David and his men fled to Achish, the Philistine king of Gath. And because they found favor with him, Achish gave David the Philistine city of Ziklag.
Years later, at about the time David became king of Israel, the Israelites learned to work iron and thus became the dominant culture in the region (2 Sam. 5:17-25). After the advantage of iron was taken away from them, the Philistines lost power and influence over the land.
It is possible that David uncovered the Philistine secret of iron technology while living with the Philistines. But even if he wasn't responsible for actually bringing iron technology to Israel, it is clear that King David used it to advance their witness to God.
Law, education, politics, entertainment;if we combine these tools with our God-given gifts, there's no telling what impact Christians can make for God.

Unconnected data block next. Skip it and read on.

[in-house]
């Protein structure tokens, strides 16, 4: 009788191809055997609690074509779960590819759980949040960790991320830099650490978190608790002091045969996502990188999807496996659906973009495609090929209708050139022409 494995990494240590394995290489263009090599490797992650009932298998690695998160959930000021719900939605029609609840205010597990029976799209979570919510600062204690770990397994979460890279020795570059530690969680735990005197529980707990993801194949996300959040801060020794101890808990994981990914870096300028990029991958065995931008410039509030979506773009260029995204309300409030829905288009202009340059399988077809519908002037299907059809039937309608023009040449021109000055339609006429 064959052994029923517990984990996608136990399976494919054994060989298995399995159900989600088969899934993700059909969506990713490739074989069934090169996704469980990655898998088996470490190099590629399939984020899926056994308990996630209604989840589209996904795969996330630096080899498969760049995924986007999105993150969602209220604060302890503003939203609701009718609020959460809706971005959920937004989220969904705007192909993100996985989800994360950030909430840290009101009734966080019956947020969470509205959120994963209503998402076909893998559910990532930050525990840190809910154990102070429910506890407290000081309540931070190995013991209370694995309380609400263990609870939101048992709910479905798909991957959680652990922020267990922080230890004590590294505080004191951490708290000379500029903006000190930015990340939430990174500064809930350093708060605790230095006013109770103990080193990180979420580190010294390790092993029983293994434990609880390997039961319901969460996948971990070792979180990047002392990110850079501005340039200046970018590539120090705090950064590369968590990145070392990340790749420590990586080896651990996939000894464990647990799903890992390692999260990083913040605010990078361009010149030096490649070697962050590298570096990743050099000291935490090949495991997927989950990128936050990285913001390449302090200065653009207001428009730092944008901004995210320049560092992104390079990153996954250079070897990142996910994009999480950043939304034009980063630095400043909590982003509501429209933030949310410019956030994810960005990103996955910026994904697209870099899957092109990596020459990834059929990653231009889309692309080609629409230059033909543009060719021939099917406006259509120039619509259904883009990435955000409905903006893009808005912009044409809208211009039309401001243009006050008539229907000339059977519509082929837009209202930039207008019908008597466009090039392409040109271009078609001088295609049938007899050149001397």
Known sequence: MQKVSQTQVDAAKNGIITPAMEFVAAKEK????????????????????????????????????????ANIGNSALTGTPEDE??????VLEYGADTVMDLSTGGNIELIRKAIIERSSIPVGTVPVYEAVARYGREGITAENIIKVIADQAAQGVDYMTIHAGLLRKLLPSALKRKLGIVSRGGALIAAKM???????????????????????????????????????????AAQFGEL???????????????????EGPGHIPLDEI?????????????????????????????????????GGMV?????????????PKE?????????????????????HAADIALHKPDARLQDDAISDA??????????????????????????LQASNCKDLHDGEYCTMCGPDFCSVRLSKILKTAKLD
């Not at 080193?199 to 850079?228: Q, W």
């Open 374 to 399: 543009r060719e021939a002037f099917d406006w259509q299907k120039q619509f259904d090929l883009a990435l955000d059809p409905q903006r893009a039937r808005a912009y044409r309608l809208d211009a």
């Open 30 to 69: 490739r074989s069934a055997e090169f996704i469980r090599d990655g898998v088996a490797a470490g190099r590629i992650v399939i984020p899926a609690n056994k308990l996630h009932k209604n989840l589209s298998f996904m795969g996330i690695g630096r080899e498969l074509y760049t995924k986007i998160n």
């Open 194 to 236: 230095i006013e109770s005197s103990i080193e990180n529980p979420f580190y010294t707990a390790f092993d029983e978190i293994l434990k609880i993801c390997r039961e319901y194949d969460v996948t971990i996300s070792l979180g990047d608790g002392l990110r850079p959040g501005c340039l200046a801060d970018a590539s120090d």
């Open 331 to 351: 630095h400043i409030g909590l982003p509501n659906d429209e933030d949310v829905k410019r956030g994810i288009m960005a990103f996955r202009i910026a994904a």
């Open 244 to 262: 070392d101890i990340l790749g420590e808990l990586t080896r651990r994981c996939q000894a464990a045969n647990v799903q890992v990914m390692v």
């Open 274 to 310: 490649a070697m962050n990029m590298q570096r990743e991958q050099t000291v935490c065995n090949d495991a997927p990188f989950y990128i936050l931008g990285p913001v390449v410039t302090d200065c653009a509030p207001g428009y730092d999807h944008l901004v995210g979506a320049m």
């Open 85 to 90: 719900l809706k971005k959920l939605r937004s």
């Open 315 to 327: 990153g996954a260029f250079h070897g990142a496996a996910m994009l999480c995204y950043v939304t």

In today's world, sin and godlessness seem like a giant Goliath—impossible to defeat. And some Christians are so scared or cynical that they withdraw from the world altogether.
But Christians shouldn't run away from the battle. We have a God that can use anyone-even those who seem insignificant and weak; to defeat giants. He asks each of us to use our particular gifts and skills, no matter how simple or advanced they may be, to influence culture for him.
God also challenges us to use every resource available, including the tools and technology of our culture, to impact our world. Like Israel, we may win occasional battles without "iron." But as long as cultural advancements are guided by nonbelievers, secular values will dominate in the culture "war."
Law, education, music, politics, the Internet; these are just a few of today's "irons." If Christians will seize these tools and combine them with their unique God-given gifts, there's no telling what kind of mark we can make on our world.
What kind of iron will you take hold of?